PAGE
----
Heal yourself on your own: Solar cells learn from plants
Self-organizing photoelectric components can repair themselves on their own in order not to lose productivity.
Today, researchers from (MIT) the Massachusetts Institute of Technology could finally reproduce some of the key points of this process.
The destructive effect of sun rays on many materials is one of the problems that arise during the process of utilizing the energy of the sun. This effect leads to the gradual degradation of different systems that are used to convert sunlight into electricity. Plants can solve this problem in this way: they continuously destroy and recreate the molecules that are responsible for the “harvesting” of the sun rays. Therefore, the basic structures that absorb solar energy can be constantly updated. Plants do it from direct sunlight and the pot material is not important here – it can be ceramic, clay or plastic plant pots.
Michael Strano with a team of researchers and graduates has tried to reproduce this particular process. Researchers have synthesized self-organizing molecules that can convert sunlight into electricity. The molecule can be destroyed, and then it is quickly recreated by introducing an additional solution. The result of this scientific work was published in the special journal – Nature Chemistry.
Strano says that this idea first came to his mind when he read about plant biology. “I was impressed with how effective the plant cell repair mechanism is,” he says. “In one clear, sunny day, a leaf of a tree completely renews all of its proteins for about 45 minutes, even if you think about it as about static photocell.”
One of the long-term aims of Strano’s research is to find a way to imitate natural principles using nanocomponents. If we consider the mechanism of photosynthesis of plants, it could be noted that sunlight is the main reason for the formation of reactive oxygen, which leads to the destruction of proteins. Strano says, “Oxygen breaks the cable that connects all parts of the protein.” But proteins are quickly restored to start the whole process again. All this happens inside the chloroplast – these are very small capsules that are in every cell of the plant and are responsible for its photosynthesis. “Chloroplasts are astonishing devices,” says Strano. “These are wonderful reactors that consume carbon dioxide and then use light to produce glucose, which provides energy for metabolism.”
To simulate this process, scientists from the Strano’s team synthesized molecules, which are called phospholipids – they can create disk-like structures. These disks are needed as a “supporting base” for other molecules that react to light: their reaction centers emit electrons after photons enter them. Then, disks with such reaction centers are placed in a solution, where they are independently attached to the surface of carbon nanotubes. These nanotubes hold phospholipid discs in a certain position, so the reaction centers could simultaneously be exposed to sun rays. Also, the nanotubes go as a conductor for electrons that were “knocked out” by the light.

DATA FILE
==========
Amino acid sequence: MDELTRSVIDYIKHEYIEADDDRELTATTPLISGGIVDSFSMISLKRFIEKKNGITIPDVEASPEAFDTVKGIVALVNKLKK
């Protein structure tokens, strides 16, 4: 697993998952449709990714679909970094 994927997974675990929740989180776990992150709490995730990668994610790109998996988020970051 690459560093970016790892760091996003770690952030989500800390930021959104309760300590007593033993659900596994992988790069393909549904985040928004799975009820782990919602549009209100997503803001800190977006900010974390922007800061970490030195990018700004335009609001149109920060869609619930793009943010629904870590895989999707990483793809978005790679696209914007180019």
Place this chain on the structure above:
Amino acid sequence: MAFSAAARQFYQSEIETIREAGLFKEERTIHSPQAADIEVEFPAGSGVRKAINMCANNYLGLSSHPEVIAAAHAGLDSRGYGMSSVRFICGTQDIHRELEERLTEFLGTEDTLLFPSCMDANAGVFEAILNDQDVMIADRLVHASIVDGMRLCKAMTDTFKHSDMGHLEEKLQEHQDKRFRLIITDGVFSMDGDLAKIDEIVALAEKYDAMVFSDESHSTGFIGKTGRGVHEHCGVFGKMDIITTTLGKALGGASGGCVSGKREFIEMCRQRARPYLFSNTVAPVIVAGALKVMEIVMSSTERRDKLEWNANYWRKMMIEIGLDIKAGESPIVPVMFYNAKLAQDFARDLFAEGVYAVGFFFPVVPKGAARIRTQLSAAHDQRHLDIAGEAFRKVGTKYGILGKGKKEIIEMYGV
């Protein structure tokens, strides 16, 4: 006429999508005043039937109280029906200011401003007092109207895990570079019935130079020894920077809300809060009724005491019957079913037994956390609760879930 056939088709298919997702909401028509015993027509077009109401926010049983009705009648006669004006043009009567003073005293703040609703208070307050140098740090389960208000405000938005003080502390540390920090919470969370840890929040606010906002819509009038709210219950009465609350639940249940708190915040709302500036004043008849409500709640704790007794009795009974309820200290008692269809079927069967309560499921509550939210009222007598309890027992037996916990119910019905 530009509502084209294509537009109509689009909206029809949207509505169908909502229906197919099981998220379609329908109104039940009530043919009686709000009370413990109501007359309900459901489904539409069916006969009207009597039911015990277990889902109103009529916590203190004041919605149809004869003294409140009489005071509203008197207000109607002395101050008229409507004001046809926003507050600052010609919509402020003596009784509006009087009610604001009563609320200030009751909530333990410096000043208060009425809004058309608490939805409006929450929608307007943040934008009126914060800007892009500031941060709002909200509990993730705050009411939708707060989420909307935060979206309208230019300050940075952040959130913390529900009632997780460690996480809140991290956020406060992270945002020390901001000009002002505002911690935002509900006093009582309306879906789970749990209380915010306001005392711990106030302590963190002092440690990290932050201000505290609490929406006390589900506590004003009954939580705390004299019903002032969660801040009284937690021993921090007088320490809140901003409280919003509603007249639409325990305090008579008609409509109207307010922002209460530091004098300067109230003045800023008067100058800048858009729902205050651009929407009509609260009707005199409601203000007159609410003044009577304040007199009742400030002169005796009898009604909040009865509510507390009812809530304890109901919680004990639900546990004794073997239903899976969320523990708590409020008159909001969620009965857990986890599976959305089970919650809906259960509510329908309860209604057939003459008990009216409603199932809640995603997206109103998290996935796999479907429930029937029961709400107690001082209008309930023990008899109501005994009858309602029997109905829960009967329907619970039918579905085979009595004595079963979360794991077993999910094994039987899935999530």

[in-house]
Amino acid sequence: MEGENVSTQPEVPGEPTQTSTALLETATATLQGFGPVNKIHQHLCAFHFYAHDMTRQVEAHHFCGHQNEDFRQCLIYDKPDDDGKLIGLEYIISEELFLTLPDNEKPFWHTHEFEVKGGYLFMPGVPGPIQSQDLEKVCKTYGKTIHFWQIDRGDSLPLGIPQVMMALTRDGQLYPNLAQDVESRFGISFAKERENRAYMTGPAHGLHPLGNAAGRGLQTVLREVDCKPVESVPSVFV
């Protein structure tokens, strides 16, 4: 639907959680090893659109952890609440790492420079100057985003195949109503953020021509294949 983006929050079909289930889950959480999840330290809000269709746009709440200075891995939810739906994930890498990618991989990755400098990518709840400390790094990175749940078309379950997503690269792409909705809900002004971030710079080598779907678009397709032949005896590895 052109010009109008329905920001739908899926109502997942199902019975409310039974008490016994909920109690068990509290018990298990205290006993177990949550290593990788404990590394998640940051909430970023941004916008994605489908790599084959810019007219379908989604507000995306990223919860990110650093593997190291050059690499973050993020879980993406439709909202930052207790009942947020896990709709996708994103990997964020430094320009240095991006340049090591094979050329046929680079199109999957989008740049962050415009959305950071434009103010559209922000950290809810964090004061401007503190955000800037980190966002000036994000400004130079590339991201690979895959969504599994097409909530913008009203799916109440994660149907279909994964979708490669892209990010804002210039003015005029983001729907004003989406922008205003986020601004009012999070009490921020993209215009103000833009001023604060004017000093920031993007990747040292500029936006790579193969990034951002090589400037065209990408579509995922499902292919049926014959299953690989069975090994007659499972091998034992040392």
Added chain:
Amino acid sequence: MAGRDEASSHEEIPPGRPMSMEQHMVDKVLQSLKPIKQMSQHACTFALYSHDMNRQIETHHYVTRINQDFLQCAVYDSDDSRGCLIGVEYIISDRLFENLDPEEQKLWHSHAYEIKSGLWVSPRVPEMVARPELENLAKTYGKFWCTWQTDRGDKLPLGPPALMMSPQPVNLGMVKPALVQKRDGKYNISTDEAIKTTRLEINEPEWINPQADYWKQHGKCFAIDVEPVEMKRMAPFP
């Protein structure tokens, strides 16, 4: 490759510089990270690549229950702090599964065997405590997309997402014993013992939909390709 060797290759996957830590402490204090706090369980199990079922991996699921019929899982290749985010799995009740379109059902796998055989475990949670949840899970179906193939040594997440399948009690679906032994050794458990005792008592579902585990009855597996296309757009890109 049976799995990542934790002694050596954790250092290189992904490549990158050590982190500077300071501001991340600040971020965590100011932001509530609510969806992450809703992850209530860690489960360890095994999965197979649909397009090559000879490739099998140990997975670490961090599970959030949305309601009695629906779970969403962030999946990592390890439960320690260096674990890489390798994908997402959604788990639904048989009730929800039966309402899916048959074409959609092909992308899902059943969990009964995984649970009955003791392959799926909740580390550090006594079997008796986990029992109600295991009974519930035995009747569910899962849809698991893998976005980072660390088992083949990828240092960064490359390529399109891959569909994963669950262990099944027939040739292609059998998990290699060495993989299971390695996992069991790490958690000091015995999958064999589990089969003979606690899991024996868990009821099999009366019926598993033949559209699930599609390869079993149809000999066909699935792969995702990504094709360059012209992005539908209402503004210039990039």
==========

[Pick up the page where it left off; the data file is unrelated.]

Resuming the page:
The system created by the Strano team consists of 7 different compounds, including phospholipids, special carbon nanotubes, and necessary proteins (constituting the reaction centers). Strano thinks that this is a self-organizing system and it is rather top for its complexity. This system can disintegrate into individual components and form a thick solution by adding Surface-active substances (surfactants). But if you remove the surfactant from this solution using a membrane filter, the compounds would be collected into the original structure spontaneously.
Investigators built a prototype photocell, which passed through the assembly-disassembly cycles for 14 hours. The degradation was not significant for conventional silicon photovoltaic cells but other new systems that have high performance, low cost, mechanical flexibility, or other improved performance may lose efficiency over time. But sometimes similar systems, after having worked about 60 hours, lose almost 10% of their productivity.
The molecular structures that the team of Strano created have an efficiency of about 40%, and this is almost 2 times higher than the efficiency of the best modern solar cells. Strano says that the efficiency of the system can be taken to a level of 100% but it is theoretically opinion. The use of nanostructures to bridge the light gap seems promising, and the research of Strano is the first sign of scientific progress in this direction.
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